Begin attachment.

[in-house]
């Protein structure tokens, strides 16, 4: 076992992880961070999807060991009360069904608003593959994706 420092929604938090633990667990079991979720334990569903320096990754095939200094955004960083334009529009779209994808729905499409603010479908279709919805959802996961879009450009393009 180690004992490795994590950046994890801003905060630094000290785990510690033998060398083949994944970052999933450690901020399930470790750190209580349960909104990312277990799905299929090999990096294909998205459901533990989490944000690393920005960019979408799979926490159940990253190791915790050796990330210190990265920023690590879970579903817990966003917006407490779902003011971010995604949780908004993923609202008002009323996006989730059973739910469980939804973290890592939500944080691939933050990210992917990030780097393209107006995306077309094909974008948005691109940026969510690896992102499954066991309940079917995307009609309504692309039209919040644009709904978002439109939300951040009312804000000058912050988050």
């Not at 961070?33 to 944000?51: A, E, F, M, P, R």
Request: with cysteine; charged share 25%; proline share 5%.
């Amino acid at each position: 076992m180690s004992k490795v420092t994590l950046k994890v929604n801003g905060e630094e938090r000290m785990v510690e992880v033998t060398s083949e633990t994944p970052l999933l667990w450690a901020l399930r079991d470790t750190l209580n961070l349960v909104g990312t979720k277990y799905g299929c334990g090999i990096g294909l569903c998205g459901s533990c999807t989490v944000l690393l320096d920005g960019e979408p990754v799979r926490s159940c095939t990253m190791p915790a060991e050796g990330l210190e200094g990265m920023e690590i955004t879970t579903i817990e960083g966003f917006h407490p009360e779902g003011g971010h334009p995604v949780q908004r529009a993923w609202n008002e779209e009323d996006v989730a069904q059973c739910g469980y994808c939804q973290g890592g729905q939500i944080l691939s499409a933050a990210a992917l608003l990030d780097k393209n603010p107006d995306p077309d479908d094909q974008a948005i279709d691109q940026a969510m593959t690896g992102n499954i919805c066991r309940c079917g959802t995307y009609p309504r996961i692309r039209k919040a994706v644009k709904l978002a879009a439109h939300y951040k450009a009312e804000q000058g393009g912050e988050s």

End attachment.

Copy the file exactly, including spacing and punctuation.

[in-house]
């Protein structure tokens, strides 16, 4: 076992992880961070999807060991009360069904608003593959994706 420092929604938090633990667990079991979720334990569903320096990754095939200094955004960083334009529009779209994808729905499409603010479908279709919805959802996961879009450009393009 180690004992490795994590950046994890801003905060630094000290785990510690033998060398083949994944970052999933450690901020399930470790750190209580349960909104990312277990799905299929090999990096294909998205459901533990989490944000690393920005960019979408799979926490159940990253190791915790050796990330210190990265920023690590879970579903817990966003917006407490779902003011971010995604949780908004993923609202008002009323996006989730059973739910469980939804973290890592939500944080691939933050990210992917990030780097393209107006995306077309094909974008948005691109940026969510690896992102499954066991309940079917995307009609309504692309039209919040644009709904978002439109939300951040009312804000000058912050988050």
């Not at 961070?33 to 944000?51: A, E, F, M, P, R």
Request: with cysteine; charged share 25%; proline share 5%.
């Amino acid at each position: 076992m180690s004992k490795v420092t994590l950046k994890v929604n801003g905060e630094e938090r000290m785990v510690e992880v033998t060398s083949e633990t994944p970052l999933l667990w450690a901020l399930r079991d470790t750190l209580n961070l349960v909104g990312t979720k277990y799905g299929c334990g090999i990096g294909l569903c998205g459901s533990c999807t989490v944000l690393l320096d920005g960019e979408p990754v799979r926490s159940c095939t990253m190791p915790a060991e050796g990330l210190e200094g990265m920023e690590i955004t879970t579903i817990e960083g966003f917006h407490p009360e779902g003011g971010h334009p995604v949780q908004r529009a993923w609202n008002e779209e009323d996006v989730a069904q059973c739910g469980y994808c939804q973290g890592g729905q939500i944080l691939s499409a933050a990210a992917l608003l990030d780097k393209n603010p107006d995306p077309d479908d094909q974008a948005i279709d691109q940026a969510m593959t690896g992102n499954i919805c066991r309940c079917g959802t995307y009609p309504r996961i692309r039209k919040a994706v644009k709904l978002a879009a439109h939300y951040k450009a009312e804000q000058g393009g912050e988050s």